CAE Services was contracted to minimize the warpage in a three piece Evaporator Blower assembly. The evaporator blower was the most critical part of the assembly. This part presented two challenges. First, the part was complex with ten standing vanes per side and a molded-in aluminum insert. Second, the material was a 30% GF PP. Glass filled materials present the challenge of glass fiber alignment. Inadequate alignment can cause excessive warpage.
Flow / Pack Optimization
Initially, the tool shop planned to fill the Evaporator Blower with only six gates. This gate layout made for imbalanced filling with each vane filling out separately. The pressure imbalance caused poor volumetric shrinkage. CAE designed a twenty gate solution that filled each vane at the same time, subsequently lowering filling pressures (as shown in figure 1). This new design also optimized volumetric shrinkage uniformity which is important to ensure warpage (caused by differential shrinkage) would be minimized.
Despite optimizing the gate design for filling and packing, the vane features had high levels of shrinkage remaining at the base of the ribs. This was caused by a substantial amount of plastic at the base with 12.0 mm, verses a nominal wall of 2.9 mm. The 2.9 mm nominal that was used to gate into, froze off well before the thicker vanes did (figure 2). Therefore, pack pressure transfer was limited to that of the 2.9 mm wall stock. CAE recommended either reducing the thickness of the base or adding flow leaders from the gate to each vane to normalize the wall stock. This would help to equalize the frozen layers of both wall stocks so the vanes would be adequately packed.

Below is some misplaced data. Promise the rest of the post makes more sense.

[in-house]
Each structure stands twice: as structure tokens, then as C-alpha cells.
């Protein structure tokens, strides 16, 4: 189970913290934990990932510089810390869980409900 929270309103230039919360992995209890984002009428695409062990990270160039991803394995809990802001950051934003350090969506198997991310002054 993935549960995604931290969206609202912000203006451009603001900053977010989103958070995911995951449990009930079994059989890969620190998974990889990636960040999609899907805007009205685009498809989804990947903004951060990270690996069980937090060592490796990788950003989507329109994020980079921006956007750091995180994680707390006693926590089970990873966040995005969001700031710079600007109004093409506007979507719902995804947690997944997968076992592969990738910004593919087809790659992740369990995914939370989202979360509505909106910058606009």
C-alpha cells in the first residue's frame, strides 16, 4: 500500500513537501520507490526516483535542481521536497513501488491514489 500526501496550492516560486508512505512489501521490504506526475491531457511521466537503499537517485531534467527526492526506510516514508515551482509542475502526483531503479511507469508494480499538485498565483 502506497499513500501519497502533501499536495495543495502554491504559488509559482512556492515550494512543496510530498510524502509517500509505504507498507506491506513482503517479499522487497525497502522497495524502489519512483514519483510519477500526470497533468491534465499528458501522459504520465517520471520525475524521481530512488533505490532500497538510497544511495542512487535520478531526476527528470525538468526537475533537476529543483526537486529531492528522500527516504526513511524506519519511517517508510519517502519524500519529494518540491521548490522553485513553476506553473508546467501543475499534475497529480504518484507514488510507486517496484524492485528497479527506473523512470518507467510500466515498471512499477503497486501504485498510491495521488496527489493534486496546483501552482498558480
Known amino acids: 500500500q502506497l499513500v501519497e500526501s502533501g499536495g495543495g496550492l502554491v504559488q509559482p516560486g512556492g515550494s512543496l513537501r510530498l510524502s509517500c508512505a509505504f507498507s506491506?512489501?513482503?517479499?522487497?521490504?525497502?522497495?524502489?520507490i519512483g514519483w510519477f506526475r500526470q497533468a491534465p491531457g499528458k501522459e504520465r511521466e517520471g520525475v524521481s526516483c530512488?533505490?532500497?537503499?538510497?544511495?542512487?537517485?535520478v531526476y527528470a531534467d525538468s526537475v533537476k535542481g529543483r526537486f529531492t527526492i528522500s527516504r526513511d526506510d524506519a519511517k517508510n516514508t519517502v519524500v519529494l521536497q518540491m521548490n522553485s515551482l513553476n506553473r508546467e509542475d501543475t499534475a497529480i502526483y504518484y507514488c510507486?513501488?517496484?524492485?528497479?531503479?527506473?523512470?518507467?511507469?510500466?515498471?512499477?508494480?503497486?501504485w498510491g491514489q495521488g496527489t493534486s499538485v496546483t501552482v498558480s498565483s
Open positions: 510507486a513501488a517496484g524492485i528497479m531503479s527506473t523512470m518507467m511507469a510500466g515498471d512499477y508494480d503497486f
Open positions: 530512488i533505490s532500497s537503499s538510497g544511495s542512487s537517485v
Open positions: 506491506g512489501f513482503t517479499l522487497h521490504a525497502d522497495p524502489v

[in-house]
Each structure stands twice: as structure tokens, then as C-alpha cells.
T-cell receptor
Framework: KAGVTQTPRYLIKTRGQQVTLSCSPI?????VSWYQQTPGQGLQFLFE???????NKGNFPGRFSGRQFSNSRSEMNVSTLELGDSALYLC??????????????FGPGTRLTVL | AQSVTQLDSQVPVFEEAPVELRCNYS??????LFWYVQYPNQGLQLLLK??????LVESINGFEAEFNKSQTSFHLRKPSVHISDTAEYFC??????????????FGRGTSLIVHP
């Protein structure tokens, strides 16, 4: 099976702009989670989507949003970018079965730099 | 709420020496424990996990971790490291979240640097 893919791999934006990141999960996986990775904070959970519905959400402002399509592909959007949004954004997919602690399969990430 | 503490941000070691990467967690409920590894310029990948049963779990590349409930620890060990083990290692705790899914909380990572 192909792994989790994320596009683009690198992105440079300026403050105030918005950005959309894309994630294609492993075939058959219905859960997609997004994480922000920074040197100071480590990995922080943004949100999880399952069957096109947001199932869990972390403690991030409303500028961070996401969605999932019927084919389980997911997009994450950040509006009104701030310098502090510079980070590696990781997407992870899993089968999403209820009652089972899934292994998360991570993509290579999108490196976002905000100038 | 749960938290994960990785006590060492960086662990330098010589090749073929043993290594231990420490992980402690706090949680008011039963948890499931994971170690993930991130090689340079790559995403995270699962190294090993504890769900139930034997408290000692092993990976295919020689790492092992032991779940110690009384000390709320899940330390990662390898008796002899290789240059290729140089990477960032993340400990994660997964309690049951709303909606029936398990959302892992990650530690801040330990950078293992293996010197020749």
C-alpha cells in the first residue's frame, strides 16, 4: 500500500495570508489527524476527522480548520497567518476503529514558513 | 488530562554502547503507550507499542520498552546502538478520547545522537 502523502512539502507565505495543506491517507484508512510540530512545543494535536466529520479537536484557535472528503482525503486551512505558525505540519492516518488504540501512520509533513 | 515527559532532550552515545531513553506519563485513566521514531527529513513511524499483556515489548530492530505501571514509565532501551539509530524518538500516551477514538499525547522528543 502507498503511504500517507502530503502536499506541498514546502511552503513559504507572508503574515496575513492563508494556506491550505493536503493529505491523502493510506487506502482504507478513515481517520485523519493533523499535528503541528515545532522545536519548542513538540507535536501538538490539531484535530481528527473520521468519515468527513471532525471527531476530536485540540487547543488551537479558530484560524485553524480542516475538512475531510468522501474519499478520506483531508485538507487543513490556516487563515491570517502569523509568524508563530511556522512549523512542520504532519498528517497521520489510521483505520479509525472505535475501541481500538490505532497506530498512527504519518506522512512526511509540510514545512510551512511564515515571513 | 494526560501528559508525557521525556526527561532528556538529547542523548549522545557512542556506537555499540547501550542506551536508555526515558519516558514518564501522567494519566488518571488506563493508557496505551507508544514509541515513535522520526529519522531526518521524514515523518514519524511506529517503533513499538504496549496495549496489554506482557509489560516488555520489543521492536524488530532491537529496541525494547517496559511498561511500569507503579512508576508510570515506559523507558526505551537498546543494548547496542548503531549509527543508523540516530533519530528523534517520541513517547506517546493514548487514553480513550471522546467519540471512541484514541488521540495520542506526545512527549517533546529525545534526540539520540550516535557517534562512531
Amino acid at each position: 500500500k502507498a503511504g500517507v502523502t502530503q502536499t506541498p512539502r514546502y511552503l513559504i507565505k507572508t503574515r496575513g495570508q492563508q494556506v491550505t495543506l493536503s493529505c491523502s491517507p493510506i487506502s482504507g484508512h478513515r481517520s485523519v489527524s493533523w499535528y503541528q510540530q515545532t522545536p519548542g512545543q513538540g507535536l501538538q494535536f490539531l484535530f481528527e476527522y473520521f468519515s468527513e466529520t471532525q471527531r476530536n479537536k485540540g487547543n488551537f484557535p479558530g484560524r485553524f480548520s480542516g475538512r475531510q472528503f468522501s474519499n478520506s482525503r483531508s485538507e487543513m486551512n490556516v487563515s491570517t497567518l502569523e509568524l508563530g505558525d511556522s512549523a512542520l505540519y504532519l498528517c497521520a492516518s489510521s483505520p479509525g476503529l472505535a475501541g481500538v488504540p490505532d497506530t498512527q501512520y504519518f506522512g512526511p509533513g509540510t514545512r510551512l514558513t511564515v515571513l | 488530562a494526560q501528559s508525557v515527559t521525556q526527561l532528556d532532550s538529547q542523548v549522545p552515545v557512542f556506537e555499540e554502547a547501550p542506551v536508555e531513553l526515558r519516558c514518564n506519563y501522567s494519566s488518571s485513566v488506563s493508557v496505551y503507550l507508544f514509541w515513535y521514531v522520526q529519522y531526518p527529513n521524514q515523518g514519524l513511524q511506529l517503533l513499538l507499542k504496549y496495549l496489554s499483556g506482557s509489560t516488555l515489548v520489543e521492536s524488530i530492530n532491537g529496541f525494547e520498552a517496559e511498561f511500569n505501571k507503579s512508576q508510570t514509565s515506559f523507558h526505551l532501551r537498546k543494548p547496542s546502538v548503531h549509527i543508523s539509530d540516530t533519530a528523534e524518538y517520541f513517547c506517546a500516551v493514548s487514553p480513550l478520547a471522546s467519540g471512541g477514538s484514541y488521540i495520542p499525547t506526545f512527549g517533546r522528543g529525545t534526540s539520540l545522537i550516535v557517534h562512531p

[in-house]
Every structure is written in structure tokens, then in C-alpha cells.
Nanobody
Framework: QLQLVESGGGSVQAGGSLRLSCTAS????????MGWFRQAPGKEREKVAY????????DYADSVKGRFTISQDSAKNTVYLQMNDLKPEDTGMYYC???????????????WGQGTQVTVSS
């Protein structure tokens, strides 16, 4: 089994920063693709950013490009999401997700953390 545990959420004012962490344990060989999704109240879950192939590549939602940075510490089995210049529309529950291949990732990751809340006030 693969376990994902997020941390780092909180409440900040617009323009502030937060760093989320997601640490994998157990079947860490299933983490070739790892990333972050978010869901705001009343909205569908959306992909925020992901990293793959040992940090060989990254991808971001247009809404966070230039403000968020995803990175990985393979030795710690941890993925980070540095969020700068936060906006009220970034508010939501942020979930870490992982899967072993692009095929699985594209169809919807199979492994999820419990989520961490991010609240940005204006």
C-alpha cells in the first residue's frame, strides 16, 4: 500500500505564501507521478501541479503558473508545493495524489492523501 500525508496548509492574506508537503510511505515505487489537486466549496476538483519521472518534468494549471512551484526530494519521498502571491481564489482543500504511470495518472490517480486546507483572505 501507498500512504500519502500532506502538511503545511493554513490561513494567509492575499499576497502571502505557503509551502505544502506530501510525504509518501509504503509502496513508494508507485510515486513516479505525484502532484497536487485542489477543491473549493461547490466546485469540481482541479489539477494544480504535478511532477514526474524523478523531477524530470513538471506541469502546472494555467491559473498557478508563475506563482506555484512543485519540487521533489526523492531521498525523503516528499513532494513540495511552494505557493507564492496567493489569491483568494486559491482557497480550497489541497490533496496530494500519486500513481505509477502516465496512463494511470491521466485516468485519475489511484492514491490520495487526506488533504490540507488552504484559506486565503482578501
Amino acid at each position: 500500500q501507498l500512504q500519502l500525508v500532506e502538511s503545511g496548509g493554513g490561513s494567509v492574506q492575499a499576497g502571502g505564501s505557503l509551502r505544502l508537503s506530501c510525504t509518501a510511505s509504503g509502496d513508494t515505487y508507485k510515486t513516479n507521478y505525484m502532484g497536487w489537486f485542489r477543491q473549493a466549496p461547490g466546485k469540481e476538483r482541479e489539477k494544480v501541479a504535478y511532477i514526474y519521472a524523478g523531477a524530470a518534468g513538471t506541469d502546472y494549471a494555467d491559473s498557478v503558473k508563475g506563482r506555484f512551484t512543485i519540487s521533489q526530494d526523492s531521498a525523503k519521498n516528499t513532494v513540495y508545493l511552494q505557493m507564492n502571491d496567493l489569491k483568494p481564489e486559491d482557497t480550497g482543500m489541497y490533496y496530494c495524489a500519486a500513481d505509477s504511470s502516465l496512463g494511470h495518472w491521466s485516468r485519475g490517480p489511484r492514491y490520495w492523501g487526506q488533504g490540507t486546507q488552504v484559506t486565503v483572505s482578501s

Once the gate design was optimized, the cooling design was incorporated into the analysis. CAE determined that the cooling circuits where sized efficiently to achieve turbulent flow at a reasonable circuit pressure. Also, the circuit placement was sufficient to achieve acceptable mold surface temperatures. The cycle time in this tool was limited by the thick vanes.Reducing the thickness of the vanes was the only way to decrease the cycle time without using a mold material with a higher thermal conductivity.
With the tool design and process settings dialed in, CAE Services engineers exported the predicted shape of the Evaporator Blower and assembled it to the two outer parts, the End Cap and the Inlet Orifice. A similar analysis was conducted on both of these tools (Figure 3). With all three parts optimized from mold construction to process settings, CAE Services determined that all three parts would mate successfully.